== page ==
Environmental Science Helps Bring Navajo Horse Expert Back Home
Rudy Shebala Never Stopped Pursuing Knowledge
When Rudy Shebala left the Navajo Nation in 1983, he didn’t know it would take him 35 years to move back to his northern Arizona home. Oddly enough, it was his graduate studies at the University of Idaho that helped bring him back. The interdisciplinary nature of environmental science allowed Shebala to combine his interests in range management, animal science and the horse culture of his people.
“A Ph.D. can make tremendous change for the betterment of a people or situation.”Rudy Shebala ’09, M.S. ’14, Ph.D. ’18
Now at 61, Shebala is a new Ph.D. holder and a leader in his tribe as a chapter manager, a position similar to a county manager, at the Navajo Nation that spans 27,000 square miles. He handles all kinds of issues for his tribe from flooding problems to veterans’ assistance to redevelopment plans. Recently he was nominated to the board of directors representing the Chinle Agency for the Navajo Agricultural Products Industries, a successful longtime Navajo Nation enterprise.
“As Dr. Rudy Shebala, people listen to me. I have a heck of a title,” he said. “A Ph.D. can make tremendous change for the betterment of a people or situation. If I don’t know something, I know how to find it through research.”
Shebla grew up in a small community on the reservation in Arizona. He recalls the deep red stone canyons, ponderosa pine forests and prairie grass lands of his youth—and he remembers always being around horses. “Anything to do with horses that’s what I did as a kid,” he said.
After high school, Shebala worked summers in forests in Oregon and Idaho and that’s when he first heard about University of Idaho. He was accepted at U of I in 1983. When he told his ailing grandfather that he intended to go to college, his grandfather replied in the Navajo language, “you will not fail.” But Shebala did not succeed right away. He dropped out of college after a few semesters.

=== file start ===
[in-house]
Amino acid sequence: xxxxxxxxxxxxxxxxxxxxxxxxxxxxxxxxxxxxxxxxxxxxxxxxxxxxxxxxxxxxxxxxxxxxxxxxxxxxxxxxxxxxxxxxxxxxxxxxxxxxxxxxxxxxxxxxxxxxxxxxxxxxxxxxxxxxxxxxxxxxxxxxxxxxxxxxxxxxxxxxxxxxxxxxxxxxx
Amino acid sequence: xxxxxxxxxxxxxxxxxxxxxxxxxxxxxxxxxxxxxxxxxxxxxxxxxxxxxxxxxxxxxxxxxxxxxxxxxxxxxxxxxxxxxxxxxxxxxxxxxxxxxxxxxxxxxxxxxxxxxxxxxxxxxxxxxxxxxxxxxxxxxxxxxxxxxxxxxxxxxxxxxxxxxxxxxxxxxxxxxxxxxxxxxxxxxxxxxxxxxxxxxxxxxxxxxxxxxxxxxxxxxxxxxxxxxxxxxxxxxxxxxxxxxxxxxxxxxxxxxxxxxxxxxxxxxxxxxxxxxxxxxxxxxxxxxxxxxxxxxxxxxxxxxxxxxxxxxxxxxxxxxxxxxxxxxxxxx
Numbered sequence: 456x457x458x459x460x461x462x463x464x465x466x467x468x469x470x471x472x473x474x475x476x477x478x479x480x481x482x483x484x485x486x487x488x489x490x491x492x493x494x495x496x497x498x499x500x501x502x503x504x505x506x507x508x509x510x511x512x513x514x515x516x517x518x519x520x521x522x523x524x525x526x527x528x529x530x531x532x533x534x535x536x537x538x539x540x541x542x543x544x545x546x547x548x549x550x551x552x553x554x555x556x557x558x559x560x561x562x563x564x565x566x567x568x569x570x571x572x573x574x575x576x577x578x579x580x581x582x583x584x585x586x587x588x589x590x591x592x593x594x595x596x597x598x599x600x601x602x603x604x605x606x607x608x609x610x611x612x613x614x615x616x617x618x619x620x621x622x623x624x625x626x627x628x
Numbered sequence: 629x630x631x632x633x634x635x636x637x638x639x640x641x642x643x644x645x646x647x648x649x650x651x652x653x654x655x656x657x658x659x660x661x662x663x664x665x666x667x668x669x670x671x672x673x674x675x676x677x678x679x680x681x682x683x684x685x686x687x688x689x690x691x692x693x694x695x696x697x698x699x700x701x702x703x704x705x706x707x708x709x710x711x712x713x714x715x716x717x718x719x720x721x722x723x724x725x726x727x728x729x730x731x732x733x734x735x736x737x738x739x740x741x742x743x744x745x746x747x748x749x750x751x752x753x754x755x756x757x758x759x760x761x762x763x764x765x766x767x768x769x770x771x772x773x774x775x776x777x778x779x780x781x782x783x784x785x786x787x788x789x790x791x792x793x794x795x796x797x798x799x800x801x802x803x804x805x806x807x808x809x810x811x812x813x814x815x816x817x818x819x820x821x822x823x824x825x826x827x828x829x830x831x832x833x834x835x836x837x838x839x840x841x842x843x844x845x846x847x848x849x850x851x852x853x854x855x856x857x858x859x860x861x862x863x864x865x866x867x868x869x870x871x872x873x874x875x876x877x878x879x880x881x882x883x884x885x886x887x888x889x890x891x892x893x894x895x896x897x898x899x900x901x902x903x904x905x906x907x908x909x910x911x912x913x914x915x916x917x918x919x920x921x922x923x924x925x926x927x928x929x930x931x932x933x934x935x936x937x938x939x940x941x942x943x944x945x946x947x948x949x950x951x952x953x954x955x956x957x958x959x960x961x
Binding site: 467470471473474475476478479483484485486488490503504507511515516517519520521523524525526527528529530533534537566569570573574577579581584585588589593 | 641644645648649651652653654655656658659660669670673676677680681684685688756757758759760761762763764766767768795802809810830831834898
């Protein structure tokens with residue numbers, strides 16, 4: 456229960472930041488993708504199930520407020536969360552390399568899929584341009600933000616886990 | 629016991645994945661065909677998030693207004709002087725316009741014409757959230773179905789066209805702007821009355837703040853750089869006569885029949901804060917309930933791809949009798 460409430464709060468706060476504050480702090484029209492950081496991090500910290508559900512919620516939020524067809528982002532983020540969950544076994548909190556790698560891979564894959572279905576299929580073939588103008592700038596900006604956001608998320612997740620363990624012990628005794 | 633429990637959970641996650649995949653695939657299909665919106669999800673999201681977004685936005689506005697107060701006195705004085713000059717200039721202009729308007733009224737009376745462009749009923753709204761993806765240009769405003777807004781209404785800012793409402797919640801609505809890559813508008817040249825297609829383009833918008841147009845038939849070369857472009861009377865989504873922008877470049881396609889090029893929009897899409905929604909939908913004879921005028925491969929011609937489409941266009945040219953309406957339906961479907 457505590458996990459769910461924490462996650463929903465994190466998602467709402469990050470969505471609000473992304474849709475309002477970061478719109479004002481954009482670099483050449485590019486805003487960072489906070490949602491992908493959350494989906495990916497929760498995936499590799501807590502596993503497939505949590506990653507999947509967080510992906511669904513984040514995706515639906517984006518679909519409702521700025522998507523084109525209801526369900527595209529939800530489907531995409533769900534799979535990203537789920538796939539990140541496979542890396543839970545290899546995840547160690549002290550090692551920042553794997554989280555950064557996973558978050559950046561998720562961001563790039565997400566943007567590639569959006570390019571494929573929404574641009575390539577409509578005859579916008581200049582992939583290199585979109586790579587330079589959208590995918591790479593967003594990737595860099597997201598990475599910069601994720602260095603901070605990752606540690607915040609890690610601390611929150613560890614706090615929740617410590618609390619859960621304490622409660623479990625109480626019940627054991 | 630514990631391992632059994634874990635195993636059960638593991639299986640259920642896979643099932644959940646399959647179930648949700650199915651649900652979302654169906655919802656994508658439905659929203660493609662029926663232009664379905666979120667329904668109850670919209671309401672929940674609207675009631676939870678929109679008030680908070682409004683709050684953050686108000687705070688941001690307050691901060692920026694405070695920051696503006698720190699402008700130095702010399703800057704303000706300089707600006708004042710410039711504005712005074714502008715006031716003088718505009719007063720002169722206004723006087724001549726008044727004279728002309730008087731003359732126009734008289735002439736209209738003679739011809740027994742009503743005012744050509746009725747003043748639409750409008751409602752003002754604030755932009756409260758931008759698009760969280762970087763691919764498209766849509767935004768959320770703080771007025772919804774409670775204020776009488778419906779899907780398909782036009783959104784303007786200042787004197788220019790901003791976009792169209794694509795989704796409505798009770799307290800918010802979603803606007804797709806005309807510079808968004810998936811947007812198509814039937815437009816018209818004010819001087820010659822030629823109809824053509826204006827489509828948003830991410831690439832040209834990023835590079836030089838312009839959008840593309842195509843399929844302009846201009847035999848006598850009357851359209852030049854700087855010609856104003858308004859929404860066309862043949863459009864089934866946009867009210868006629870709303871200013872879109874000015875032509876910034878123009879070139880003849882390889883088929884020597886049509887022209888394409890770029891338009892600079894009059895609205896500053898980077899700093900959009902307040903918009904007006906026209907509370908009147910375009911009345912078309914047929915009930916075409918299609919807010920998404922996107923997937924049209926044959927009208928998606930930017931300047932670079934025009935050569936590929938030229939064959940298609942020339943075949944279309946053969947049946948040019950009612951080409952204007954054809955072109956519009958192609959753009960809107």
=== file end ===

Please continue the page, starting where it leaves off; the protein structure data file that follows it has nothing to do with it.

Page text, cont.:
He found different jobs in Idaho, fighting forest fires and manning heletack stations. One day while working at a local sawmill, he saw an advertisement for the Nez Perce Tribe’s horse program under a grant written by faculty at U of I. He applied and the Nez Perce Tribe hired him to lead the program. He helped revive the horse culture of the tribe, long known for its historic connection to the Appaloosa. Even after the grant ended, Shebala continued working on developing a new breed, the Nez Perce horse.
The job also reconnected Shebala with U of I, and he returned to school, attending alongside his oldest daughter. Shebala studied animal science and this time succeeded, graduating with a bachelor’s in 2009. After the position with the Nez Perce Tribe ended, Shebala went on to pursue graduate work, focusing on environmental science, which allowed him to broaden the scope of his studies. He earned a master’s degree in 2014 and then a doctorate in 2018. His dissertation focused on the history and science of the Navajo horse culture.
“As a child I was given a nickname that meant ‘He Reaches Up For It’ because when I was very little they’d put things out of my reach, and I’d stretch and stretch until I could get it down. That is what my life has been.”Rudy Shebala
“It’s kind of a unique Ph.D.,” he said. “It’s traditional Native American culture. It’s not folklore. It’s actually science: the flora, the fauna, the livestock, the range, the earth and the sky.”
Shebala’s educational journey has been a long one, but he never stopped learning. “It was a challenge, and I really wanted to learn new things,” he said. “As a child I was given a nickname that meant ‘He Reaches Up For It’ because when I was very little they’d put things out of my reach, and I’d stretch and stretch until I could get it down. That is what my life has been.”
Article by Sara Zaske, College of Natural Resources
Published in Winter 2018-19 Issue of Celebrating Natural Resources